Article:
The Silent Sam Confederate monument – and the withholding of grades at the end of last semester over its future – continues to be a divisive issue.
This week The Daily Tarheel, the student newspaper of the UNC-Chapel Hill, blasted the teaching assistants who took part in the withholding of grades.
From the paper’s editorial:
The Board condemns these protests, not for the subject of derision, but for the manner in which these TAs expressed their opposition. A large part of the student body would share the views of the TAs in regards to this issue. Many students believe a museum like the administration proposed would serve not to contextualize the statue but rather to memorialize it, to ingrain it inside of UNC’s culture. Many students have protested the existence of Silent Sam, standing alongside figures such as Maya Little.
For this group of TAs to decide, after their last paycheck had been delivered, to hold the grades of their students hostage to make a statement is a cowardly move. For students to be so blatantly taken advantage of by those who hold positions of power above them reveals a remarkable lack of bravery from these TAs. These individuals used their authority as TAs to harm students who need these grades for internships, jobs or even graduate school acceptances.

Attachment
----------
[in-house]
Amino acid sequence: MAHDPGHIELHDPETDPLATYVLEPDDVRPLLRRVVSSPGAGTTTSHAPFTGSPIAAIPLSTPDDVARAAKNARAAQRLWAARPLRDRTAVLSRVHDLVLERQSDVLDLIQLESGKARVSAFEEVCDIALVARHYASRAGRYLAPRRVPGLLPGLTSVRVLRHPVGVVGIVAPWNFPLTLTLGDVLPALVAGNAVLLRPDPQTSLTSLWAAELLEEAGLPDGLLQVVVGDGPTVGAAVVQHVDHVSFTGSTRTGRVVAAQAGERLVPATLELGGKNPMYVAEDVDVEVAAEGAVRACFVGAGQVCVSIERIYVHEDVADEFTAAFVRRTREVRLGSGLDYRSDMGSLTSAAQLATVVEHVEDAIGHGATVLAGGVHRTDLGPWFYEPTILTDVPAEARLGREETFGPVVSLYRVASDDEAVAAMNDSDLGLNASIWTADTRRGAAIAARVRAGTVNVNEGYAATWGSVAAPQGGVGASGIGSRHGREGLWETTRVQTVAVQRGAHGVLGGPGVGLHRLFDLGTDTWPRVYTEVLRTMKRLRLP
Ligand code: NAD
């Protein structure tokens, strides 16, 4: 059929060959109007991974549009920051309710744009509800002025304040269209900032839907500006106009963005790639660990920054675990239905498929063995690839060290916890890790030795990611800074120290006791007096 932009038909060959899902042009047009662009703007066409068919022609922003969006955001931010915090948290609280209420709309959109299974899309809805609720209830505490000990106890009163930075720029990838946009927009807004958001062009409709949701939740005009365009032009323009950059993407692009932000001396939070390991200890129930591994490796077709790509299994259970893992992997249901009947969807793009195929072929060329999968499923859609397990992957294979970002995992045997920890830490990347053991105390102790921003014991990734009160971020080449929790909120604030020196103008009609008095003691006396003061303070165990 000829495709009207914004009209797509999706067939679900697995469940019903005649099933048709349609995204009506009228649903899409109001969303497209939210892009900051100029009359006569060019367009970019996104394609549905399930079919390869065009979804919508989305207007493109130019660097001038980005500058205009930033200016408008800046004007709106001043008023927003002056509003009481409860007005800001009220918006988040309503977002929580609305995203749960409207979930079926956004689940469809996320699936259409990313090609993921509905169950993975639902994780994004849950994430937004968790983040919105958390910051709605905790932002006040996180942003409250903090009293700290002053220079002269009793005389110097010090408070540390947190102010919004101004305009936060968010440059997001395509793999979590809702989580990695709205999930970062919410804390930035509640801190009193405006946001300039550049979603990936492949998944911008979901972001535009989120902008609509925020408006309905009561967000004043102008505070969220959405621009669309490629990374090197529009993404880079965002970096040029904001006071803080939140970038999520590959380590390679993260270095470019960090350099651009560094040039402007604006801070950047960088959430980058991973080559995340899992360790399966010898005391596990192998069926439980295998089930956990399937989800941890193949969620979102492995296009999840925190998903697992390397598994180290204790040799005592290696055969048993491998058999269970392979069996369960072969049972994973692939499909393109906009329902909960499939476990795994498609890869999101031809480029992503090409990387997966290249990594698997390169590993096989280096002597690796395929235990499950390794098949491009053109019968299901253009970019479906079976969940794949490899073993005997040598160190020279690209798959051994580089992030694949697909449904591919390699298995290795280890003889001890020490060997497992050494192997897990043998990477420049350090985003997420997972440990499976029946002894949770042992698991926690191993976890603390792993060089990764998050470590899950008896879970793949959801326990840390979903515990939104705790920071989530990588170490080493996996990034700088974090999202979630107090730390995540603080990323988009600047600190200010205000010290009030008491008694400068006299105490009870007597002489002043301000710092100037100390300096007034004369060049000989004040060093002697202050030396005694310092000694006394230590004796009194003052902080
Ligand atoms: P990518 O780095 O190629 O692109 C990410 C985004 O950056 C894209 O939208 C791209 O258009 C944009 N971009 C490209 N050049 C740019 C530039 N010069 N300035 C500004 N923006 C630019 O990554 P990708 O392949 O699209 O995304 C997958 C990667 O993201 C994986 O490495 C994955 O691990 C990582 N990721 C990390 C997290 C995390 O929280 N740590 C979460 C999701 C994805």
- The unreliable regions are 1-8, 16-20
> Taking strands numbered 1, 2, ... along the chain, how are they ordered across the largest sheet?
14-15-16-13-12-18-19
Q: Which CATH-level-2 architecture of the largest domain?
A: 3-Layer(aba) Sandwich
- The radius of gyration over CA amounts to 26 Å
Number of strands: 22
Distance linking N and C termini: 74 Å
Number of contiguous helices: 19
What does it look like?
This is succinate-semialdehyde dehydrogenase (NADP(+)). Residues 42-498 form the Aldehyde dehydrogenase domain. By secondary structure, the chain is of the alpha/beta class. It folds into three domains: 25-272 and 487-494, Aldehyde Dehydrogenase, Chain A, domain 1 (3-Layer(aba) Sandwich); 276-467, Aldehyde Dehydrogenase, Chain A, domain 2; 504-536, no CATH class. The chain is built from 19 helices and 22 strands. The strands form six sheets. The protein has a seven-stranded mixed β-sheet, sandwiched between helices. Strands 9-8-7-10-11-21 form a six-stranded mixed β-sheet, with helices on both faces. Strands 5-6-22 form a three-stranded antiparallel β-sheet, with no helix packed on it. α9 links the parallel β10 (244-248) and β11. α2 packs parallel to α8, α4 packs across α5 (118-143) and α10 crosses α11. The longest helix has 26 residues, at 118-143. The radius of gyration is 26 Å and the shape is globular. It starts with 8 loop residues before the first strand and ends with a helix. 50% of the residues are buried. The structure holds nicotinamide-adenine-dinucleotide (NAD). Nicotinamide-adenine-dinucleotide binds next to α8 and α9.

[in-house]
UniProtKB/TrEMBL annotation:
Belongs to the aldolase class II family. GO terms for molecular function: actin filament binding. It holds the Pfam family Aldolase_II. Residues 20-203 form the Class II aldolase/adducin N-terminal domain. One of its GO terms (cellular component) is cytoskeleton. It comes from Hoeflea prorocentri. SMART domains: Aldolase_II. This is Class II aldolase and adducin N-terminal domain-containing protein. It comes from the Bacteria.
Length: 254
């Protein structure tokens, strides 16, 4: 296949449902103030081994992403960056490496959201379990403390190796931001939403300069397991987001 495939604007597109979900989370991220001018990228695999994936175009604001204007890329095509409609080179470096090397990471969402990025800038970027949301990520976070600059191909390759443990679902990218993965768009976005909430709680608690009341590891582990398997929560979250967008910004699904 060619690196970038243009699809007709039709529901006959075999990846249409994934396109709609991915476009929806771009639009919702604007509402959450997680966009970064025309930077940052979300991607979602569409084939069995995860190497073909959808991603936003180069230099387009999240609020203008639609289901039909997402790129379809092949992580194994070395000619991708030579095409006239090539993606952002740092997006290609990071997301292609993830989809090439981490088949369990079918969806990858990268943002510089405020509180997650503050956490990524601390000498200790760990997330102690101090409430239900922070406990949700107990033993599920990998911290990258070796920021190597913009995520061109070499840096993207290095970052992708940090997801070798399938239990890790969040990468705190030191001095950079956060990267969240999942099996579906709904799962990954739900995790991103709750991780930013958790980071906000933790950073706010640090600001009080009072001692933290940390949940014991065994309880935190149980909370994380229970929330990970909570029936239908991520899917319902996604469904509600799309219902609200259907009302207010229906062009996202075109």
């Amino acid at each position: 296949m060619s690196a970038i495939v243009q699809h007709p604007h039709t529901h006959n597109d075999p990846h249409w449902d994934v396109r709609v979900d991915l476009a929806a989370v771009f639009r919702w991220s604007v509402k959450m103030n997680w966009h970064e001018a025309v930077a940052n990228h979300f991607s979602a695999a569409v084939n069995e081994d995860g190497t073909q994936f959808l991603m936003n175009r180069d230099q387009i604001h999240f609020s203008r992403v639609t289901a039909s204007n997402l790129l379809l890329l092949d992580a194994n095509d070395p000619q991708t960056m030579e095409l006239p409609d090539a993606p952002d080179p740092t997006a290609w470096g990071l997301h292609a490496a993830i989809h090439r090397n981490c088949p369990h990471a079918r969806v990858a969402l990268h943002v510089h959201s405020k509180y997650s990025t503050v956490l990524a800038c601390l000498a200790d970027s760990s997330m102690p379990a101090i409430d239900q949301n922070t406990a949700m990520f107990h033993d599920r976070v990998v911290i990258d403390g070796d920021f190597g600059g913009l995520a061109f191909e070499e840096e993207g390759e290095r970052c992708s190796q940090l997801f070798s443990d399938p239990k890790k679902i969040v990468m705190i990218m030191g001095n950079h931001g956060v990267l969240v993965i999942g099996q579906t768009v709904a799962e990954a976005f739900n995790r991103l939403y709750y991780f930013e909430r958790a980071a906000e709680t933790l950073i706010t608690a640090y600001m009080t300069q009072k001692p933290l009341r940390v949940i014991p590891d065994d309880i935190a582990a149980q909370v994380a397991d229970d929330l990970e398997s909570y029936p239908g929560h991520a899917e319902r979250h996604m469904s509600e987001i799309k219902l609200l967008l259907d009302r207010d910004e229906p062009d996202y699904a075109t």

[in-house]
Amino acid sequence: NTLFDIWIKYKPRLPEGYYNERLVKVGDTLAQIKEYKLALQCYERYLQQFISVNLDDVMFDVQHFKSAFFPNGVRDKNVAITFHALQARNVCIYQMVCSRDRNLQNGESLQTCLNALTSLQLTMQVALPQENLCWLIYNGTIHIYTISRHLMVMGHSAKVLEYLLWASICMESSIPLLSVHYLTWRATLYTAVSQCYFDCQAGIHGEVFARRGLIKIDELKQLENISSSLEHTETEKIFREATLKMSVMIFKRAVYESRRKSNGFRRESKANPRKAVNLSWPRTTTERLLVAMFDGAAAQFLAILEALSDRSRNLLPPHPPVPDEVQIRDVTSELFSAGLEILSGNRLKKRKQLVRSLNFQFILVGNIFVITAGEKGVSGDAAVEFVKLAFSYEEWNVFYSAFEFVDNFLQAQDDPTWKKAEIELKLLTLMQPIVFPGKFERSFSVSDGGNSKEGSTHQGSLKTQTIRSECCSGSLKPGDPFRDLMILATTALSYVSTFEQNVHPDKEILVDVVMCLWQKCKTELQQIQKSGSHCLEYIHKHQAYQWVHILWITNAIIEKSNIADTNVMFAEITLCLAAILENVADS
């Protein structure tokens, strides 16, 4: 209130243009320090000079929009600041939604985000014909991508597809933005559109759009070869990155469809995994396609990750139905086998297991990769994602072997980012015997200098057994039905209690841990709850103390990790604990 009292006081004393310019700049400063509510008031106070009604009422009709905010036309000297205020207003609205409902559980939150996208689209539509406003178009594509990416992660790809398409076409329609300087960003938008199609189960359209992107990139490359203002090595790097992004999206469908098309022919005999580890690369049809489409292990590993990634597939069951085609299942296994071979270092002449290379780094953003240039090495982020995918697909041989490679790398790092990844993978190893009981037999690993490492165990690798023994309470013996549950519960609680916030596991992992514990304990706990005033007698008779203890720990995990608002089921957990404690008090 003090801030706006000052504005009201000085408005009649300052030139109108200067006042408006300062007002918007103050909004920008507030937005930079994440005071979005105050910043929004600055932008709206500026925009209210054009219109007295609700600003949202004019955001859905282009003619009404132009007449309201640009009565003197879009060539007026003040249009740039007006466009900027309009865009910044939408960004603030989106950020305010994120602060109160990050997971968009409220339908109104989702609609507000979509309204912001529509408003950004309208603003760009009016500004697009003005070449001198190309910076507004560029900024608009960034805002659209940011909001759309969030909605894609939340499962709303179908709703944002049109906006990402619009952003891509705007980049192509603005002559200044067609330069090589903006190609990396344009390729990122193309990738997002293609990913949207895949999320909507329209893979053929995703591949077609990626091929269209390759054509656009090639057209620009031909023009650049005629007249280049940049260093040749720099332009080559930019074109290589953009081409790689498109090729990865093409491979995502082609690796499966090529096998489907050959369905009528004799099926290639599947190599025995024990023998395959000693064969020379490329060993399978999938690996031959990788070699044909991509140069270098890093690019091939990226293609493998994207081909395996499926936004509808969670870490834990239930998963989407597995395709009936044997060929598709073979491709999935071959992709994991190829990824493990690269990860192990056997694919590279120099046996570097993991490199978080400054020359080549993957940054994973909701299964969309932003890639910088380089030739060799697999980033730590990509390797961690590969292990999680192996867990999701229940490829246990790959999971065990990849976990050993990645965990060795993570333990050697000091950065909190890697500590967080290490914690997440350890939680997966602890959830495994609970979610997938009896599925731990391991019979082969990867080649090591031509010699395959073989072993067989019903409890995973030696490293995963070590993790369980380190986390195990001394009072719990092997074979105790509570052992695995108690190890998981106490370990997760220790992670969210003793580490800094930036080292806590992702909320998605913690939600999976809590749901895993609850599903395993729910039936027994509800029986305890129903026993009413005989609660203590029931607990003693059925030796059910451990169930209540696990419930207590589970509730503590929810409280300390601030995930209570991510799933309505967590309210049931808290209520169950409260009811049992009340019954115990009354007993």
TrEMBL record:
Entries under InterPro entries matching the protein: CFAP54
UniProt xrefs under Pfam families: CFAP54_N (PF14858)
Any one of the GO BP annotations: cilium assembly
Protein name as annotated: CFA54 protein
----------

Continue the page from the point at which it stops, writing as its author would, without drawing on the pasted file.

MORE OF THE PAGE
As some were quick to point out in the comments, the professors and TAs participating in withholding grades did ultimately release them in time to avoid problems with internships, jobs or graduate school programs.
But the editorial demonstrates that while nearly every student, faculty and staff organization at UNC-Chapel Hill has made known their opposition to the Confederate statue and its return, not everyone in the community agrees on the tactics used to oppose it.